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Before/During/After Reading Strategies

Simpson, KSU
by

Joanne Simpson

on 29 December 2012

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Transcript of Before/During/After Reading Strategies

Simpson, KSU Before/During/After Reading Strategies pre-teach vocabulary
talk about the author
talk about the plot line
Ask yourself, are you tapping into their schema with this? Pre-Reading . . what doesn't count. Teach them the vocabulary so they don't have to pay attention to context.
Explain the plot line, so they don't have to pay attention to the story.
Give background information on the author, so they know something you might ask on a quiz/final. Dependent Readers are banking on you. . . When you take a child somewhere, what is the first thing they want to know?
When you are at the doctor, and he/she is about to perform a procedure, what do you do? Asking Questions. . . Let them bring to reading what they bring to the rest of their life.
Skilled readers anticipate the text, but your dependent readers expect you to tell them.
You have to get them interested in reading. You have to get them to anticipate!
They must make a personal connection!!!
Excellent sample on pg. 78 of Beers text.
http://www.lkdsb.net/program/elementary/intermediate/di/files/25Strategies(Anticipation%20Guide).pdf Anticipation Guides You still have to keep them interested!
The anticipation guide is still in use, but it is a BEFORE reading strategy. They will need more!
Again, your dependent readers are going to sit and turn pages. . . that's it. That is the end of their active involvement. During Reading K-W-L
Probable Passage
Tea Party
Any strategy that front loads a student's knowledge of a text and helps them become ACTIVELY involved in constructing meaning prior to reading the text. Other Before Strategies Discuss the reading, while they are reading.
A during reading strategy has to happen WHILE they are reading!
You can't decide the passage that needs to be discussed, or there will not be buy in.
It needs to be organic - come from the kids (although it is guided by you). You will have to interrupt the reading. Deal with it. Say Something
Questions - from them and from you.
Re-Reading for emphasis - lead by them, and by you.
Think-Alouds
Double-Entry Journals
Logographic Cues (Beers, pg 129)
Mark my Words Bookmarks (Beers 131)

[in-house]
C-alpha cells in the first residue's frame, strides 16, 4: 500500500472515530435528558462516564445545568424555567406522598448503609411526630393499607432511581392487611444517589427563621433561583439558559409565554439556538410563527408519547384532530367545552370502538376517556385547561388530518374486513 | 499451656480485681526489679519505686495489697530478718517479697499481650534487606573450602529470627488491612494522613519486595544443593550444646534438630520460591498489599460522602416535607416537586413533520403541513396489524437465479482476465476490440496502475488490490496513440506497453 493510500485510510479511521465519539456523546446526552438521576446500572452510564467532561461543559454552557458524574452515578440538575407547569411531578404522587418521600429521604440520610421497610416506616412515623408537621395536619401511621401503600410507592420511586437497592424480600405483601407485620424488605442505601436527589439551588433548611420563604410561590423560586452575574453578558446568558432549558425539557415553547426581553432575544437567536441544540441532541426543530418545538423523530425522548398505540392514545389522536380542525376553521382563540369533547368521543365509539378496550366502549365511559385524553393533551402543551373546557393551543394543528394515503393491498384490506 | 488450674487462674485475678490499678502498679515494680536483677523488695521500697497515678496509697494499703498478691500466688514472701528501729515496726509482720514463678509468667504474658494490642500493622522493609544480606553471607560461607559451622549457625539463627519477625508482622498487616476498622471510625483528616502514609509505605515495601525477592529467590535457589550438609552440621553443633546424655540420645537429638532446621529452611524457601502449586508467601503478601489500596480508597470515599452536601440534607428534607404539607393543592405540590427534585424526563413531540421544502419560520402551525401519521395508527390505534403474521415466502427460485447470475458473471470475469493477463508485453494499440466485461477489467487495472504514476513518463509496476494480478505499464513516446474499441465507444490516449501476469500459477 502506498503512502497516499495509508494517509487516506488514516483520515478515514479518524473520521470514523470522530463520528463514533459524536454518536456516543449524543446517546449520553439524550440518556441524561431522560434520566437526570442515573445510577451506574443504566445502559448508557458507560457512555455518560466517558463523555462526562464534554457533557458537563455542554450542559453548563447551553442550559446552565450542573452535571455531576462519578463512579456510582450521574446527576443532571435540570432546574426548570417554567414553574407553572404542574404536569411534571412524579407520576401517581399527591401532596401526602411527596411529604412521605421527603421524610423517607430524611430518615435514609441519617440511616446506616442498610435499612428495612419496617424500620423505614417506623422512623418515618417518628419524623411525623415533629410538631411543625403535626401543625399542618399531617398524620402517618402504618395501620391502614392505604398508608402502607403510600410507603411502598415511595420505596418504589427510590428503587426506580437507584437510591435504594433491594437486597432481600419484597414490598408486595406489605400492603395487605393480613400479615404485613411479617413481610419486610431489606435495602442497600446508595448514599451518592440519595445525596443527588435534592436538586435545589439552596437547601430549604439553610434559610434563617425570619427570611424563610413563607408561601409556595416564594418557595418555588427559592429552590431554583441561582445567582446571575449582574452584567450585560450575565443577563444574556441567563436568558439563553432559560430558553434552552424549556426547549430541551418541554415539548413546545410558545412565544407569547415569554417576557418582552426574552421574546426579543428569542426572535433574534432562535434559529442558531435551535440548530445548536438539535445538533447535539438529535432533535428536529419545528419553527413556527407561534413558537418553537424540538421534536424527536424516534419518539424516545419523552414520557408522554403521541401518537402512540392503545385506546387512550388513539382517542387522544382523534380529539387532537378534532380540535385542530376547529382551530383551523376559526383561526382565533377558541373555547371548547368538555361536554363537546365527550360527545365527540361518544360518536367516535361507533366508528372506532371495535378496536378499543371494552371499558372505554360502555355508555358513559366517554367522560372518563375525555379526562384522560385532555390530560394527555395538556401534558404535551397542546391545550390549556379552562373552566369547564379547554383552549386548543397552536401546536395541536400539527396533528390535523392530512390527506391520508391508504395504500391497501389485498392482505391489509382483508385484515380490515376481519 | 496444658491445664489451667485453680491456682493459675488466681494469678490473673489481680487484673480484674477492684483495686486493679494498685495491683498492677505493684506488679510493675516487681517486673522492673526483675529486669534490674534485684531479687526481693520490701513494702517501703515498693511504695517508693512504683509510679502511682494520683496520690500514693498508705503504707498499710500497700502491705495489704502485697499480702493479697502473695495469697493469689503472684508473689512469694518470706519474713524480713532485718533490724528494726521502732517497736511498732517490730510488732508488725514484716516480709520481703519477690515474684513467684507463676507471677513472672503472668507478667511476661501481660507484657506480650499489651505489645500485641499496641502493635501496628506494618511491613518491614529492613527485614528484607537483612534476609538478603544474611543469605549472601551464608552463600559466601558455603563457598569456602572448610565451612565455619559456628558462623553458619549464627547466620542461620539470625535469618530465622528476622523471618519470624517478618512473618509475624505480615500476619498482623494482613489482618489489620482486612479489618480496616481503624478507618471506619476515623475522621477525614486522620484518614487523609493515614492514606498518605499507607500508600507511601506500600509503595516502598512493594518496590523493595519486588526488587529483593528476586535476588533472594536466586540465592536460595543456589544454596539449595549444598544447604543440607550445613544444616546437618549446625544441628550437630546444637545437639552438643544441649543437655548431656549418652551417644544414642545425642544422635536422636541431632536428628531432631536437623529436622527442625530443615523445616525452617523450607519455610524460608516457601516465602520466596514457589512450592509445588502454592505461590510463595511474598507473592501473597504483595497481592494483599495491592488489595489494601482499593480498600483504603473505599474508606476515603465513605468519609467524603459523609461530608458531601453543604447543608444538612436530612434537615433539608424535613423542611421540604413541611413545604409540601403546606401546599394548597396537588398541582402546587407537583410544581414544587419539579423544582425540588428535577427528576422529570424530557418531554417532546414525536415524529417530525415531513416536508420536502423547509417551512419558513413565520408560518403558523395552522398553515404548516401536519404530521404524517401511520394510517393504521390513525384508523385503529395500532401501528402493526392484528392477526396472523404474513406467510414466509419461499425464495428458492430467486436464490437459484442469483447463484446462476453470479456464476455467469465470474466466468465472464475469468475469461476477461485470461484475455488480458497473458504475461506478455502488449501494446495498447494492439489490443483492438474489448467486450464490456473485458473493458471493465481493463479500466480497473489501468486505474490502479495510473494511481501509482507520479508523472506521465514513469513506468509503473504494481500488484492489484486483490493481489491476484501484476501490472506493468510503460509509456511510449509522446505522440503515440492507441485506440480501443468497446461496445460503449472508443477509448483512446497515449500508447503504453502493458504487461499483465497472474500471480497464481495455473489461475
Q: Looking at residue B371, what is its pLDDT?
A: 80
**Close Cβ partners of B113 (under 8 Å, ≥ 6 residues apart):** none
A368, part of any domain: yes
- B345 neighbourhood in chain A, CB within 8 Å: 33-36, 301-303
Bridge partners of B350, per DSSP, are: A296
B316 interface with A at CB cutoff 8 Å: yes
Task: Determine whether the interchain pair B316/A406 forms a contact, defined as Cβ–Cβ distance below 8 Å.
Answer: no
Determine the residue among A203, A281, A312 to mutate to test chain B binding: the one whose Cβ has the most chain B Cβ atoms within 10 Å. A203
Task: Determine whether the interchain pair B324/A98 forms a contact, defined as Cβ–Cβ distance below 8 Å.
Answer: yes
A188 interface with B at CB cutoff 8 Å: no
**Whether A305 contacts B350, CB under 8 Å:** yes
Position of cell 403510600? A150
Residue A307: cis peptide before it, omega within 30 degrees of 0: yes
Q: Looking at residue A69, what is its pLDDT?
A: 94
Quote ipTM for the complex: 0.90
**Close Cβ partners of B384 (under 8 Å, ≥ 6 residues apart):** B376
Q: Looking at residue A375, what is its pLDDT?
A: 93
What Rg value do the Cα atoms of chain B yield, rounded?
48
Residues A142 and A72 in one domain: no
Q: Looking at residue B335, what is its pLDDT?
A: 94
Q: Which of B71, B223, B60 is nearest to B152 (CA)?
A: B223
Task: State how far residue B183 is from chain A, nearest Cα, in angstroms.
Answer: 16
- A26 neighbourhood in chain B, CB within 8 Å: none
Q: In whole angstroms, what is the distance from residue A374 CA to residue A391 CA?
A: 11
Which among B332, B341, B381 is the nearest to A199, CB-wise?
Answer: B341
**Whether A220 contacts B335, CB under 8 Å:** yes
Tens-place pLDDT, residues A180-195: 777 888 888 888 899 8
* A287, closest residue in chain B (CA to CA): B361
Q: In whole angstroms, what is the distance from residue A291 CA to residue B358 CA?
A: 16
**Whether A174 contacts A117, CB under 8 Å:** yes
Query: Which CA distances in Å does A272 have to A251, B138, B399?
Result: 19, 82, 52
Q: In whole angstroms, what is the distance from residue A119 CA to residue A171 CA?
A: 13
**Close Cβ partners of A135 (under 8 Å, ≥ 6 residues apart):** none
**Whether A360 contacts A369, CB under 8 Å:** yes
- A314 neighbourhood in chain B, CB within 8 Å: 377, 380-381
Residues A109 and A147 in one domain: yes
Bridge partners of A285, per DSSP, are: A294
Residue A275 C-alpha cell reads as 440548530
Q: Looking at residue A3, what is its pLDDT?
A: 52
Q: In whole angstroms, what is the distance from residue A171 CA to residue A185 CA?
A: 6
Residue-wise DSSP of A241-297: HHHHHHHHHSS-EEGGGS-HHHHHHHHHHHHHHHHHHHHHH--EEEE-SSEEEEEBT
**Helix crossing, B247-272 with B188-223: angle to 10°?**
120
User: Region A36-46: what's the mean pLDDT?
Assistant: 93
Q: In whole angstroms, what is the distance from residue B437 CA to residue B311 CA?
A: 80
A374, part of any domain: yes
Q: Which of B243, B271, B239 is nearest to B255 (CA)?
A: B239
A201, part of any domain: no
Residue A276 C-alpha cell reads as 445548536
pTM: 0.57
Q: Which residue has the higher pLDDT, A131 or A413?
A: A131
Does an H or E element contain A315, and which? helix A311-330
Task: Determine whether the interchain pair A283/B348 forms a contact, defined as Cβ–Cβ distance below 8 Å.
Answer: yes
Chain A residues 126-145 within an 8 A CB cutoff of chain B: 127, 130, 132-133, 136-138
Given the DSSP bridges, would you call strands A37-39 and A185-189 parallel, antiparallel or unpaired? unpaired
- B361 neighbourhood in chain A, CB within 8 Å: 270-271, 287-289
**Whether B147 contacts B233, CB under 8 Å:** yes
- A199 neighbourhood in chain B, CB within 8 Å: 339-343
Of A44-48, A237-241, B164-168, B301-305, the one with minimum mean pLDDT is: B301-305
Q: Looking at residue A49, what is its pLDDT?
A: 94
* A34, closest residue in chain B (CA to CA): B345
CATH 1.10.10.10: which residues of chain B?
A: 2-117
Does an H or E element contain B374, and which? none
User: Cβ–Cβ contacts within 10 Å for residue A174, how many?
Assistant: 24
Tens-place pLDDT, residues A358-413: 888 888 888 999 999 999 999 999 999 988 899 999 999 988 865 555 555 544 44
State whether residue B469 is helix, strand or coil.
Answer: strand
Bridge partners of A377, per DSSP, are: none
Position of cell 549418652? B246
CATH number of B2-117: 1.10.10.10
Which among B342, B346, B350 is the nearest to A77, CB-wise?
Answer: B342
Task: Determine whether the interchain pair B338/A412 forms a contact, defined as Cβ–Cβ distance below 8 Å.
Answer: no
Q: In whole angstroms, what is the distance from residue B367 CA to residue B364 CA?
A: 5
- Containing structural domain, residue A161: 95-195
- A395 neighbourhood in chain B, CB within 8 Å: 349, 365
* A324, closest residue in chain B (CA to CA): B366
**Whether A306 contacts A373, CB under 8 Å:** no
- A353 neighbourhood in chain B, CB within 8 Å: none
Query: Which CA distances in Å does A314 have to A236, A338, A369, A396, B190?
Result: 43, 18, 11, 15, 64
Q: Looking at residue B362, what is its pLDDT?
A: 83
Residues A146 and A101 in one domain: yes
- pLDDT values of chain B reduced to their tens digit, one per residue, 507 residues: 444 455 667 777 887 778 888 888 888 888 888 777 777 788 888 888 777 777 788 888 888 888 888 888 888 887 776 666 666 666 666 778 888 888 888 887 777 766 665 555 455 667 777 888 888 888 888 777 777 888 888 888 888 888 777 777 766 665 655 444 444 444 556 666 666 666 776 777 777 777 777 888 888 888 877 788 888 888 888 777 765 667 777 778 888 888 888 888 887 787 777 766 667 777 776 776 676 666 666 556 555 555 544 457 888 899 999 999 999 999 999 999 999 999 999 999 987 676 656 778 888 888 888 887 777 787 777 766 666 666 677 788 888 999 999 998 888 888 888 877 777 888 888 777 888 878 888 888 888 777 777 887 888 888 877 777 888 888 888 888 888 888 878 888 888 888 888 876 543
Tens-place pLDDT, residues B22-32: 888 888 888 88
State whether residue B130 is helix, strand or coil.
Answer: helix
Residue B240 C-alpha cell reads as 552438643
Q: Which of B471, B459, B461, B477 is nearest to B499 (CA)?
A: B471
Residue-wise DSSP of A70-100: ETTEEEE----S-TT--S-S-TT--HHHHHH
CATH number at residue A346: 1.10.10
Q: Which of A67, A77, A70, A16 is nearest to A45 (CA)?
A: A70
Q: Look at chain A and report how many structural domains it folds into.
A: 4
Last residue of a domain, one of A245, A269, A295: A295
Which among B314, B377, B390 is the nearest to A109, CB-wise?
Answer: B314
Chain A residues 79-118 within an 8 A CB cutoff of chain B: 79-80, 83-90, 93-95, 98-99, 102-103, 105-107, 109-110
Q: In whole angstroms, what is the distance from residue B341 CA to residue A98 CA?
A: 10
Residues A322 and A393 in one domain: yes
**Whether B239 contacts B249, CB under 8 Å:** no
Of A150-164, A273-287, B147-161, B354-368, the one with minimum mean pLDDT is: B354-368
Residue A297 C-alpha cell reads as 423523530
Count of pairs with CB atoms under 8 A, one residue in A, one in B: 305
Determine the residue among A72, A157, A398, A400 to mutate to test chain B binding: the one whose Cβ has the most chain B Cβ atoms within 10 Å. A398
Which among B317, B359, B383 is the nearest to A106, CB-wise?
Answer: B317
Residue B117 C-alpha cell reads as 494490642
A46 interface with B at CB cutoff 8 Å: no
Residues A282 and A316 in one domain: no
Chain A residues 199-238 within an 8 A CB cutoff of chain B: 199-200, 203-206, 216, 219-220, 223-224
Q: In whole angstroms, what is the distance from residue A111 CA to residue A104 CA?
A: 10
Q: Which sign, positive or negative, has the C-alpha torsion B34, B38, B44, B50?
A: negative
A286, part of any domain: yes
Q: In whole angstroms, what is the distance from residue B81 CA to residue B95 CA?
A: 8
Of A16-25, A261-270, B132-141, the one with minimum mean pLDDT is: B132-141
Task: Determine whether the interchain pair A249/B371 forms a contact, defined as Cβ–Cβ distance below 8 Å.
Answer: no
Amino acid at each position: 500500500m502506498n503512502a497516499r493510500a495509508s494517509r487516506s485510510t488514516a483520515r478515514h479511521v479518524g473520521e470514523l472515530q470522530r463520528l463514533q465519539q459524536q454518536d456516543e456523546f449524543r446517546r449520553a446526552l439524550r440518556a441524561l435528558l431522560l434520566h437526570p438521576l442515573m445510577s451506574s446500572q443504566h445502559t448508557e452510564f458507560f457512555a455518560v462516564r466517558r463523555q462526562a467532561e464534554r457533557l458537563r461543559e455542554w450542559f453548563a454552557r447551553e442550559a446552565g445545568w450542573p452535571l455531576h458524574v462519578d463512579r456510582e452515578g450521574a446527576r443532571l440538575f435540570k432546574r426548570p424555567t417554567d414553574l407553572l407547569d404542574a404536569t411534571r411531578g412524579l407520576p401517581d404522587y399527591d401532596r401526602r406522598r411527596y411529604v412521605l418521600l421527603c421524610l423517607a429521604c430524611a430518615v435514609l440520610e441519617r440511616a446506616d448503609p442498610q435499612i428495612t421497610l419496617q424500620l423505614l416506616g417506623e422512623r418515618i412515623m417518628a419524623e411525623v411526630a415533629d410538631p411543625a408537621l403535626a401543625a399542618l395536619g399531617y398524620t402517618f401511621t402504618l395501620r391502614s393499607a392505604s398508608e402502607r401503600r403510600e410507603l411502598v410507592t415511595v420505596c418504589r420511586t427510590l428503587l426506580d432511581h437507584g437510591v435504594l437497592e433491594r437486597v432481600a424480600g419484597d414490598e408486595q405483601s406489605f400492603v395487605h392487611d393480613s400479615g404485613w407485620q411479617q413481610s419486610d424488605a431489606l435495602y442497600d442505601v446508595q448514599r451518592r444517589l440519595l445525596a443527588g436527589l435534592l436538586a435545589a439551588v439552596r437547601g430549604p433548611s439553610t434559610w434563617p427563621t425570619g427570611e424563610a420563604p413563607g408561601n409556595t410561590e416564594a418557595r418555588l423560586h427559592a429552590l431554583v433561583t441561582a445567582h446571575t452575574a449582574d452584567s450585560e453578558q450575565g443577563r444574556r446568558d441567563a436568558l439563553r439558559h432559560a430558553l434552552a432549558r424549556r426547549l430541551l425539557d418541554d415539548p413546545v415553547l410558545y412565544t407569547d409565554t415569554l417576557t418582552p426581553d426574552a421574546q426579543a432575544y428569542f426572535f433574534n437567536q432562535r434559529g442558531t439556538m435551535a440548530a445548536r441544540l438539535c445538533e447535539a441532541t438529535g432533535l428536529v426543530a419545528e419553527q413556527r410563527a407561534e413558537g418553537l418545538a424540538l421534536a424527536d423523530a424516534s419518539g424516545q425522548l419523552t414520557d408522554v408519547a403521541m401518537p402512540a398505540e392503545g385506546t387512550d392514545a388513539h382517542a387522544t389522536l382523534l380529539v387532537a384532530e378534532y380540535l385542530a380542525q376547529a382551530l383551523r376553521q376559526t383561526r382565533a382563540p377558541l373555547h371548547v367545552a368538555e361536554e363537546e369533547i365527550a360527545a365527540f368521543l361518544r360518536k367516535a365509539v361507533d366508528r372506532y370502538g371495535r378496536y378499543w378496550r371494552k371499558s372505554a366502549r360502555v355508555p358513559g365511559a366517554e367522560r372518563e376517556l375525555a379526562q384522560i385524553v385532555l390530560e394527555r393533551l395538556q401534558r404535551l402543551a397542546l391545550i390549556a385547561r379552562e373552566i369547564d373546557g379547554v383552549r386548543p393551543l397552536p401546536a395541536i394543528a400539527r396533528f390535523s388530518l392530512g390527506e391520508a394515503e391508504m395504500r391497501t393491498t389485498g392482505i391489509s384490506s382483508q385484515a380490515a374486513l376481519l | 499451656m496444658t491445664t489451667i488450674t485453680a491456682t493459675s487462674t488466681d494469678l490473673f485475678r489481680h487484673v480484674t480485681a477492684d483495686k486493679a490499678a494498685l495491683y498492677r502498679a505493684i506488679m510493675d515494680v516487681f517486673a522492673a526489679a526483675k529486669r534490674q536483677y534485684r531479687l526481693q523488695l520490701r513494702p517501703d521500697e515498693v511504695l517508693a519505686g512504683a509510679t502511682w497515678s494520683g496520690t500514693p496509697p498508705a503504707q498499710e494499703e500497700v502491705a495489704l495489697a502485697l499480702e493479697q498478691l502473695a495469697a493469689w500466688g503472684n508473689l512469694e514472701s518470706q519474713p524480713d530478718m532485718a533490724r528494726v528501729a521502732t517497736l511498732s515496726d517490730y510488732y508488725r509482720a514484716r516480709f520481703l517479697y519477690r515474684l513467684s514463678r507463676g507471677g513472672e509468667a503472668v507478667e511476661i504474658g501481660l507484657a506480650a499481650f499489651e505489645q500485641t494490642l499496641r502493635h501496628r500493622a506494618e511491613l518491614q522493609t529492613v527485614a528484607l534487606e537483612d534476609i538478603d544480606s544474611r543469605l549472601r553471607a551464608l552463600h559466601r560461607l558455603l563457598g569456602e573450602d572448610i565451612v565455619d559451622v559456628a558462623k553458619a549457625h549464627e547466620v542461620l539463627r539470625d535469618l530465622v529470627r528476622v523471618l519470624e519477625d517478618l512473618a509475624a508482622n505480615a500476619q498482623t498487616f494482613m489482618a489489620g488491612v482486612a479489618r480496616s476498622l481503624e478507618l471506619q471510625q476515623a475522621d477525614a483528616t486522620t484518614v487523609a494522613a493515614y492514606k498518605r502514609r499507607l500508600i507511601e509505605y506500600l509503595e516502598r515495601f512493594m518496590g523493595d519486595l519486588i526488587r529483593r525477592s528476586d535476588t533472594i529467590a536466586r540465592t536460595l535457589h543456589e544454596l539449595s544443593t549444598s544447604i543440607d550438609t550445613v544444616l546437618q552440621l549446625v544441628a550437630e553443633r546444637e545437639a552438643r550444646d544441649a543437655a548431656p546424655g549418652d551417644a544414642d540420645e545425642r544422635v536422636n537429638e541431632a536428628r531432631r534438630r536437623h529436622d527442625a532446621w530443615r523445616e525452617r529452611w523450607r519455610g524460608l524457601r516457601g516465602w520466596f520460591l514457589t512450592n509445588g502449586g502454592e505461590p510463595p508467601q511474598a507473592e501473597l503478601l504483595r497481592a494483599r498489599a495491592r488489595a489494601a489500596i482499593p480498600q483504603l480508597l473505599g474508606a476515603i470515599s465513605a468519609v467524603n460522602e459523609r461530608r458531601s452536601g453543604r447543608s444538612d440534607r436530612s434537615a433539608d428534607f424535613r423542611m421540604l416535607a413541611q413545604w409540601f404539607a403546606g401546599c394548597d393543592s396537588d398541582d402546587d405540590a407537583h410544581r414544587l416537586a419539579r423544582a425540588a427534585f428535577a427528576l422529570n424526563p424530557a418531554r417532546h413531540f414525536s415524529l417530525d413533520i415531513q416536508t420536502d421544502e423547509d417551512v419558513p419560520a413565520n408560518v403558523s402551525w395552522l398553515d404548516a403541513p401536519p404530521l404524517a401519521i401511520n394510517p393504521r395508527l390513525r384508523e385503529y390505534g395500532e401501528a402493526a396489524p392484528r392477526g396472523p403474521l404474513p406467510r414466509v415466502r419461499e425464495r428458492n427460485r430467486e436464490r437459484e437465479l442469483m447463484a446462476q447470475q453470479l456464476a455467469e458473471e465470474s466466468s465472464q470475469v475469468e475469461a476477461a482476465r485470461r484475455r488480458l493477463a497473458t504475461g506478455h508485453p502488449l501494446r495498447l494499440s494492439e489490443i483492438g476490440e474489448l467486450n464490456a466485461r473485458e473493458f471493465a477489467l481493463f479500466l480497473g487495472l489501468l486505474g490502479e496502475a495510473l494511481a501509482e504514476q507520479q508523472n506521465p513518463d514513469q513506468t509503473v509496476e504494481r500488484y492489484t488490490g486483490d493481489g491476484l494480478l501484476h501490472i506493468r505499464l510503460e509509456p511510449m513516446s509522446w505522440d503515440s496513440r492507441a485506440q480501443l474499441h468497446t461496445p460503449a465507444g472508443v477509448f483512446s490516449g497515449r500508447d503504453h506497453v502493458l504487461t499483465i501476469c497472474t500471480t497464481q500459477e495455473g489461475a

Post-it-Notes to write in textbooks
Character Boards
Syntax Surgery (Beers pg 135)
Signal Words During Strategies This is why you have "during" reading strategies.
If your room isn't full of noisy conversation while you read a text, you aren't doing it right.
Predicting, connecting, solving problems - those skills are taught while a student reads, not when they are done. What is the point of reading? This is your chance to extend meaning.
What did you understand? Irrelevant, because that depends on the teacher.
As a teacher you need to be able to measure comprehension.
After Reading Strategies = Assessing Comprehension After Reading Strategies Anticipation Guides - still working for you, but not enough!
Likert Scales (common measure in Georgia)
Semantic Differential Scales
Somebody Wanted But So
Retellings - works well in conferencing or with a rubric (pg 156 (Beers)
Text Reformation
It Says - I Say Chart The Assessments. . . comprehension (cc) image by anemoneprojectors on Flickr I say that her mom should have done it. It says that her grandmother was sick and needed her. Why did Little Red Riding Hood go into the woods alone? Sketch to Stretch
Save the Last Word for Me
Most Important Word
(All covered in Beers text in detail) More After Strategies It is not a product
It is a process!
The invisible process of "getting it" needs to be brought to the visible level.
Only a teacher can do that. Comprehension Keep all of your before/during/after strategies accessible for any story.
Ask your students what activities they've done that they like/don't like.
Allow differentiation - different students grouped together to work on different activities.
Student choice. Student choice. Student choice!!! Helpful Tips These strategies work better if the student's are creating them. Let them use their own paper.
Use your technology. Let them copy stuff down, or see examples online.
Use Google. They will.
Form worksheets are boring, even if the strategy is interesting. The kids are turned off by them. Stop making copies. _
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